Lake Maracaibo fishermen say they will block critical navigation channel for a second time

-- report by VHeadline/VENews correspondent Jorge Hinestroza

Maracaibo (Zulia): Saturday, May 31, 1997 -- Hundreds of fishing vessels, protesting the oil industry's constant pollution of Lake Maracaibo, stopped the flow of oil tankers May 15 through the navigation channel at the entrance to the lake ... described as the largest fresh water reservoir in South America. Now the fishermen are planning another protest which they say they hope will draw even more international attention to their sensitive environment's plight.

They staged their May 15 protest with special attention on the gigantic spill caused after the Greek-registered "Nissos Amorgos" ran aground February 28.

Approaching 80% of Venezuela's oil exports (about 2 million barrels a day) pass through the badly-maintained channel each month on some 130 tankers.

The fishermen are describing their protest as the "3rd Battle of Lake Maracaibo", recalling a naval battle at the beginning of the last century and a heated conflict in 1972. This time around, the Maracaibo fishermen had full support of national and regional public opinion as well as OilWatch, Greenpeace, trade unions, political parties and local authorities.

The national government in Caracas, however, chose to set in missile-carrying Venezuelan Navy frigates and other naval ships in an attempt to sabotage the protest. They'd put out a general ban on fishing vessels from the Mara and Paez districts -- zones worst affected by the spill -- and a tow barge tried to blackleg the protest but was boarded and forced to desist.

Dead fish floating throughout the protest area were a stark reminder of the "Nissos Amorgos" tragedy. The fishermen are asking for $300 million compensation and their lawyers say they'll be going the whole hog through the courts in an attempt to find some justice. Meanwhile, the shipowners, who have already admitted they caused the spill are already facing three civil suits as well as criminal charges arising from the incident, February 28.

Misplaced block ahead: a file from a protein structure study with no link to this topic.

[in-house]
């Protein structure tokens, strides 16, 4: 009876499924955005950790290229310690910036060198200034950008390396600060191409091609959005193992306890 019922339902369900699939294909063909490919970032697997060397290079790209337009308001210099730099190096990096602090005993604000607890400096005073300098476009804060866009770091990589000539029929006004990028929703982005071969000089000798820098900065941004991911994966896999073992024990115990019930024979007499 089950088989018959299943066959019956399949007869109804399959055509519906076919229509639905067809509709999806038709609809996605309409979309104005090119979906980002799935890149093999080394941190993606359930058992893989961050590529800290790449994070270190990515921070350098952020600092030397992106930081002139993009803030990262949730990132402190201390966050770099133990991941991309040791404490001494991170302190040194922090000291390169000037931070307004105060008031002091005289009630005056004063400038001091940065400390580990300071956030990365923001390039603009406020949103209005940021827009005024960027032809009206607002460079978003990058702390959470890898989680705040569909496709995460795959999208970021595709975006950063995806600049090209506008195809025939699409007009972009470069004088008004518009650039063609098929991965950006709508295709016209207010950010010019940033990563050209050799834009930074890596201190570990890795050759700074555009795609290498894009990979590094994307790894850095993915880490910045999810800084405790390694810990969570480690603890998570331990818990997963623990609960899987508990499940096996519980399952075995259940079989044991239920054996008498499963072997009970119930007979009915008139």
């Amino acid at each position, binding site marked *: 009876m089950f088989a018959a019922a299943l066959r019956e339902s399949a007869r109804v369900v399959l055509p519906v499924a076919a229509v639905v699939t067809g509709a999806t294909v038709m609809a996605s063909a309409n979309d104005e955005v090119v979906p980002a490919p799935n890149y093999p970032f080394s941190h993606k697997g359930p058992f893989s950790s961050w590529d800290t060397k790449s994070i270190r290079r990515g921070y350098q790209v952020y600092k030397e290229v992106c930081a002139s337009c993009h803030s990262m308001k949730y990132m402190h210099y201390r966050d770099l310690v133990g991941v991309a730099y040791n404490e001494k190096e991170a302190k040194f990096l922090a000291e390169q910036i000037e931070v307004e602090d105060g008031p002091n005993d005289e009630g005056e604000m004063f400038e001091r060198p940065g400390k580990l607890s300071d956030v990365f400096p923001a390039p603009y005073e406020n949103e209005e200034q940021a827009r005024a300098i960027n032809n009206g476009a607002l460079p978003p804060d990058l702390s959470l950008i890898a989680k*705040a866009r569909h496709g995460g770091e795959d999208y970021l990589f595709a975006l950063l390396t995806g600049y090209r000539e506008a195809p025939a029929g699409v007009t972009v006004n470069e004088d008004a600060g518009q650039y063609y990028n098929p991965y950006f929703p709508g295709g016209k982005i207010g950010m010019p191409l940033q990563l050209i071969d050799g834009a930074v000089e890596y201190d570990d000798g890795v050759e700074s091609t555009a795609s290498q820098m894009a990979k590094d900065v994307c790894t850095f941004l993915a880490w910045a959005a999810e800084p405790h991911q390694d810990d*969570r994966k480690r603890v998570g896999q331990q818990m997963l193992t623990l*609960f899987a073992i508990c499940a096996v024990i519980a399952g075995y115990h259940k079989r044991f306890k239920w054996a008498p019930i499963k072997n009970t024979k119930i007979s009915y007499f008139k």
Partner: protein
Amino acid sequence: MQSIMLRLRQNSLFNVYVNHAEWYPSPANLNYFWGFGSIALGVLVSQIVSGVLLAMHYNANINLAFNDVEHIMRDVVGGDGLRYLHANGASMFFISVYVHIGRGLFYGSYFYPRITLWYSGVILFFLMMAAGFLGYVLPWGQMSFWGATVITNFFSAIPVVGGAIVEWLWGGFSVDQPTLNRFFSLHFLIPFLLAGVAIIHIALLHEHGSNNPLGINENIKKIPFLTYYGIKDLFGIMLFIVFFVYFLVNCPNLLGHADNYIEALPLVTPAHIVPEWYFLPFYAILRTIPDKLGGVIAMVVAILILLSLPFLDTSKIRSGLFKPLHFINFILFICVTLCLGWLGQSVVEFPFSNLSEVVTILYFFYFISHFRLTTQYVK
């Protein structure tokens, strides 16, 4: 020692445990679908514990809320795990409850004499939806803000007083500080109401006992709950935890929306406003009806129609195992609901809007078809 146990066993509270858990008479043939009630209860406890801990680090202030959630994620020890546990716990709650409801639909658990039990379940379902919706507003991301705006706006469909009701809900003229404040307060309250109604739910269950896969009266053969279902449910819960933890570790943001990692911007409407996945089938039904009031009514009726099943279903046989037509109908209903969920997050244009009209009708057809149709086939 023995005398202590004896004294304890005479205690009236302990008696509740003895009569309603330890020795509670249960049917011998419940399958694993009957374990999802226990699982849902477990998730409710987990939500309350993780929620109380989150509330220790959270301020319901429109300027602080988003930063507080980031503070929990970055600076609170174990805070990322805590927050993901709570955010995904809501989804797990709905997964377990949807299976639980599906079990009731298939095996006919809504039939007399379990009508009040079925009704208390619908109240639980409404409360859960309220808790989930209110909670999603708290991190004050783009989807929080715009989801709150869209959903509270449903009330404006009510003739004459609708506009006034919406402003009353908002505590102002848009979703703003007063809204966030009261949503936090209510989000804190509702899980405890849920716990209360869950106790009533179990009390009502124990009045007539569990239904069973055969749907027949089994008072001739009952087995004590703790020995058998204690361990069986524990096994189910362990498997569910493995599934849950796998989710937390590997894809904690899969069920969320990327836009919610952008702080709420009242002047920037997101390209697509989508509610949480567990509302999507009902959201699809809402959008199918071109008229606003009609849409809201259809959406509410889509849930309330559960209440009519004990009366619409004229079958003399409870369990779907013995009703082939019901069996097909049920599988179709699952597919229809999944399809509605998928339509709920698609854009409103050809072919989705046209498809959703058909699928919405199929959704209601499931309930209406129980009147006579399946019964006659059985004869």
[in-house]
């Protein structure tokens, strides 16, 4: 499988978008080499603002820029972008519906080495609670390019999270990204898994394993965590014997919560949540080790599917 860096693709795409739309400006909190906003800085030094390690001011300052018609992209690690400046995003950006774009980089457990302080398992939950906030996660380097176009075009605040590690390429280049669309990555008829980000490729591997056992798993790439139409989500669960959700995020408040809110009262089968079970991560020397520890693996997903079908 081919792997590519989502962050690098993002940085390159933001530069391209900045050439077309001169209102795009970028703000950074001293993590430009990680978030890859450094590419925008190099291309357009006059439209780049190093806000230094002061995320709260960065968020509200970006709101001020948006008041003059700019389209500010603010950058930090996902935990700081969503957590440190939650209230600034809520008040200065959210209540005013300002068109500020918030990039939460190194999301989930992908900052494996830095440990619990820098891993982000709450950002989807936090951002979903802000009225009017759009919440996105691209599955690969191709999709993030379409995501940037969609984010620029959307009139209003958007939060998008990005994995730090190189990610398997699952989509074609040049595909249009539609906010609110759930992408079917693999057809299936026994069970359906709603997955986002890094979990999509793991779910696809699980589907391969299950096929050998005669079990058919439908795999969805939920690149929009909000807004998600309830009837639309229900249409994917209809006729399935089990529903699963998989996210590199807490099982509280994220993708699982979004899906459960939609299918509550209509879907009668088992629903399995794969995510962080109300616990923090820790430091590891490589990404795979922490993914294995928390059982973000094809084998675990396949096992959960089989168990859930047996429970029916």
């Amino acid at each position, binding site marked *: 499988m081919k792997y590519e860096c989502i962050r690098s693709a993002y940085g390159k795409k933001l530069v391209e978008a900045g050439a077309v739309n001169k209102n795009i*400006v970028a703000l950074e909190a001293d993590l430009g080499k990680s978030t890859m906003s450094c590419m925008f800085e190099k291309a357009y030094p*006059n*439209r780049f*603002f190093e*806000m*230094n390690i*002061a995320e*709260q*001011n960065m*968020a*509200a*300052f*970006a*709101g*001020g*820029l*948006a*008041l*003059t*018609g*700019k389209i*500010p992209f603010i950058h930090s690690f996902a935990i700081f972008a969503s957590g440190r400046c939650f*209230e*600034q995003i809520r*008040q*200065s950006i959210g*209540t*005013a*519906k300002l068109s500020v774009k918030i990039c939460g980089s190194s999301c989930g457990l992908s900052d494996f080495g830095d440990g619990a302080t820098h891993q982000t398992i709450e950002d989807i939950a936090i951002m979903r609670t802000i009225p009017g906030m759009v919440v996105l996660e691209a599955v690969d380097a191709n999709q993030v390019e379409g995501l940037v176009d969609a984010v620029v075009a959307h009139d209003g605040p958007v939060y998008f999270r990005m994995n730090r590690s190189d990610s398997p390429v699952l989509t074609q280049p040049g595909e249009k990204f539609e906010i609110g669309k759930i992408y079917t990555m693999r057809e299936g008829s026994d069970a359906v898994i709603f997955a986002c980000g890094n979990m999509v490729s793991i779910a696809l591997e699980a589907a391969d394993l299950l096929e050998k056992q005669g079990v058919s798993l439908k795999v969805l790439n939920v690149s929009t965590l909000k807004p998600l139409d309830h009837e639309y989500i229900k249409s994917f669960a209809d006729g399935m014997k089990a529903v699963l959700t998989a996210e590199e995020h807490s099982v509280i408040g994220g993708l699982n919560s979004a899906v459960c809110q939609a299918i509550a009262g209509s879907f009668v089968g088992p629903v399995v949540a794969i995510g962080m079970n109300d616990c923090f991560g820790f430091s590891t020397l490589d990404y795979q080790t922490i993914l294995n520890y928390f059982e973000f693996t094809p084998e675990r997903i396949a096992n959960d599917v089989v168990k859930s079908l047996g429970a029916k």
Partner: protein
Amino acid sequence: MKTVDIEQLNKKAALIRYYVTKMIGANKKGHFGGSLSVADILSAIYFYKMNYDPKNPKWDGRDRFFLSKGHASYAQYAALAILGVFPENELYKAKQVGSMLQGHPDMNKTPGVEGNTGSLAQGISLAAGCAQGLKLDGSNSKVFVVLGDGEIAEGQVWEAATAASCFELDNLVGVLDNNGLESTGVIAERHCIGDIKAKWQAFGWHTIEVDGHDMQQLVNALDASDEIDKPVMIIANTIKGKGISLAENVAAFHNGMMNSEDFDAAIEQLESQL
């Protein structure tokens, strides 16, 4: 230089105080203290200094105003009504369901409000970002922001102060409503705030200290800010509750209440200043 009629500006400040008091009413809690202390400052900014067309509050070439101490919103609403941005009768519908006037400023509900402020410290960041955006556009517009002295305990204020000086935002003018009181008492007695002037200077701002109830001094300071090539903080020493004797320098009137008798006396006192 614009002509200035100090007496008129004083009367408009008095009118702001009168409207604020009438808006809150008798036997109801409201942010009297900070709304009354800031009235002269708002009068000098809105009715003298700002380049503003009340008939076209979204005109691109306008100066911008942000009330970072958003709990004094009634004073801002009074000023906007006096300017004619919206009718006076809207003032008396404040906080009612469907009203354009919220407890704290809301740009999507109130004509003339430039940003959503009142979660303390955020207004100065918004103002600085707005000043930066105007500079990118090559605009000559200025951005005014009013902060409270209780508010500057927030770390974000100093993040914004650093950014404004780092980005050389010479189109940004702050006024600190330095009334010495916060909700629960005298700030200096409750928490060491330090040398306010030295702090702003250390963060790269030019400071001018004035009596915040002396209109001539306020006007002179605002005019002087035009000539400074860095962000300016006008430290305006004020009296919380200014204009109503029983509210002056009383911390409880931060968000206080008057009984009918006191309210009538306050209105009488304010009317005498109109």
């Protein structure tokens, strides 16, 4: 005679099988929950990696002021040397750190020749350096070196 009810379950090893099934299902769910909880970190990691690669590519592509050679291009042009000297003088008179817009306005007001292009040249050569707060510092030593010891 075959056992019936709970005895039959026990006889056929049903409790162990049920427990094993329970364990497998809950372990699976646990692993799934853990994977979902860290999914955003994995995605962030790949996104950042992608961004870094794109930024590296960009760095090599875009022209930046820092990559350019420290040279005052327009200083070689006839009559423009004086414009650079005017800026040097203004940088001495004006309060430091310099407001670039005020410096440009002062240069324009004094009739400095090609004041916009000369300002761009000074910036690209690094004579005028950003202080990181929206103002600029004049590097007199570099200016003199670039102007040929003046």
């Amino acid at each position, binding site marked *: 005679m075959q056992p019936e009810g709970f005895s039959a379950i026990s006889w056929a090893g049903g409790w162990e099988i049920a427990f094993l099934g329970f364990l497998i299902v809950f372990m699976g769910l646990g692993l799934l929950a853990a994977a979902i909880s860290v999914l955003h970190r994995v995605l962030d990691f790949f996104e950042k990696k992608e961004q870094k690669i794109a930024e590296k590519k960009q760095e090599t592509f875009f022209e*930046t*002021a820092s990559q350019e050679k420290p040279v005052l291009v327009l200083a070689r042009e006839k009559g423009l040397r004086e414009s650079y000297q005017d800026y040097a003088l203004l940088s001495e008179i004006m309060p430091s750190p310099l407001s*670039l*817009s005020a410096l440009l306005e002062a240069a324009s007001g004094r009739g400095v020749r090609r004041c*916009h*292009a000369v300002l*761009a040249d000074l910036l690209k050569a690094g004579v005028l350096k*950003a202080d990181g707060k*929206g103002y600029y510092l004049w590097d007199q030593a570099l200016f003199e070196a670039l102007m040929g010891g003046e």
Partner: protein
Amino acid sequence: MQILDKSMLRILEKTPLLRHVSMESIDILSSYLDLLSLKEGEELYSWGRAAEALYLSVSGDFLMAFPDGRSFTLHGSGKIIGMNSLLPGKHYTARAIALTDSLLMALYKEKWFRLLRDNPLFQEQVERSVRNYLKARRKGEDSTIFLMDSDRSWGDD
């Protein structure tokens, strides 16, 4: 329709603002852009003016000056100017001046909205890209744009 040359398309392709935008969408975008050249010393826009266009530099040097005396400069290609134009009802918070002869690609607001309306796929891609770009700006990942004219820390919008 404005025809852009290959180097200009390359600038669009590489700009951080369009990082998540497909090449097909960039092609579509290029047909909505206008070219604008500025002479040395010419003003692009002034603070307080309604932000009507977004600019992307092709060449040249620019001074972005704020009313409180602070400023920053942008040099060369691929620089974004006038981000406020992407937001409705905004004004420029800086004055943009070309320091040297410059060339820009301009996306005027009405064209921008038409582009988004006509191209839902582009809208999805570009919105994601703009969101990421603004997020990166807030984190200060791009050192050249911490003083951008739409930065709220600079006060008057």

The environment organization, Oil Alert Network Orinoco Oilwatch took part in the blockade ofshipping alongside the Lake Maracaibo fishermen, contributing logisticalsupport where needed. However, the group says a lawsuit isn't enough, but is demanding "a through and transparent investigation to establish responsibilities of both the national and international oil industries in the pollution of Lake Maracaibo and the Gulf of Venezuela coast." They're also demanding a halt to further extension plans in the area until the full extent of security risks for shipping in the choc-a-bloc channel is known, and until such time as damage to the ecosystem as a result of continuous dredging can be ascertained.

Local farmers have also been hit by frequent ruptures and leaks along Maraven's oil pipelines. At least 15 to 20 such leaks have been reported near the villages of Mayales and Marcelino -- a 20 kilometer stretch of coast in the Mora district where beaches were recently polluted by the spill from the Nissos Amorgos.

Last January 29, 10 hectares of mangroves were hit by at least 80 barrels of crude oil escaping from the supposedly inactive and sealed-off Mosquito II oil well. In spite of declarations by Maraven employees that the oil wells are permanently monitored and repaired, a second pipe leak took place near the first at the Mosquito III as well, hitting another mangrove area, where the clean-up operation could be described was nothing short of simple deforestation.

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